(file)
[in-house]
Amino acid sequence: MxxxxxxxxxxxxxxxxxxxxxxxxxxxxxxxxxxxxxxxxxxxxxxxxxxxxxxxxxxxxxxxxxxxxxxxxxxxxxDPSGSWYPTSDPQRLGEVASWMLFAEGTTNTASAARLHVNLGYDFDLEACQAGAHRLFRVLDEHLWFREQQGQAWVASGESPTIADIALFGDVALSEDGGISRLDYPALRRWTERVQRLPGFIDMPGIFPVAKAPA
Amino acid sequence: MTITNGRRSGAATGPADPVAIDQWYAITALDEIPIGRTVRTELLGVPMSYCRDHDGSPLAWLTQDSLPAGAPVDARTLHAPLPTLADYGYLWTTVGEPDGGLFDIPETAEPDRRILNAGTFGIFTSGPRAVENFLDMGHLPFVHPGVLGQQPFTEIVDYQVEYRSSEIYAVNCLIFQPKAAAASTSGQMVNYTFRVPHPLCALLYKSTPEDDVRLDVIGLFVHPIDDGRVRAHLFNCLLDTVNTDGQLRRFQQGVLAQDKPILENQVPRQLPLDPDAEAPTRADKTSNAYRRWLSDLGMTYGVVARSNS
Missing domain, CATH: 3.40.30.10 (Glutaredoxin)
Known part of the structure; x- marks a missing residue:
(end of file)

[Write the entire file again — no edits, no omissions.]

[in-house]
Amino acid sequence: MxxxxxxxxxxxxxxxxxxxxxxxxxxxxxxxxxxxxxxxxxxxxxxxxxxxxxxxxxxxxxxxxxxxxxxxxxxxxxDPSGSWYPTSDPQRLGEVASWMLFAEGTTNTASAARLHVNLGYDFDLEACQAGAHRLFRVLDEHLWFREQQGQAWVASGESPTIADIALFGDVALSEDGGISRLDYPALRRWTERVQRLPGFIDMPGIFPVAKAPA
Amino acid sequence: MTITNGRRSGAATGPADPVAIDQWYAITALDEIPIGRTVRTELLGVPMSYCRDHDGSPLAWLTQDSLPAGAPVDARTLHAPLPTLADYGYLWTTVGEPDGGLFDIPETAEPDRRILNAGTFGIFTSGPRAVENFLDMGHLPFVHPGVLGQQPFTEIVDYQVEYRSSEIYAVNCLIFQPKAAAASTSGQMVNYTFRVPHPLCALLYKSTPEDDVRLDVIGLFVHPIDDGRVRAHLFNCLLDTVNTDGQLRRFQQGVLAQDKPILENQVPRQLPLDPDAEAPTRADKTSNAYRRWLSDLGMTYGVVARSNS
Missing domain, CATH: 3.40.30.10 (Glutaredoxin)
Known part of the structure; x- marks a missing residue: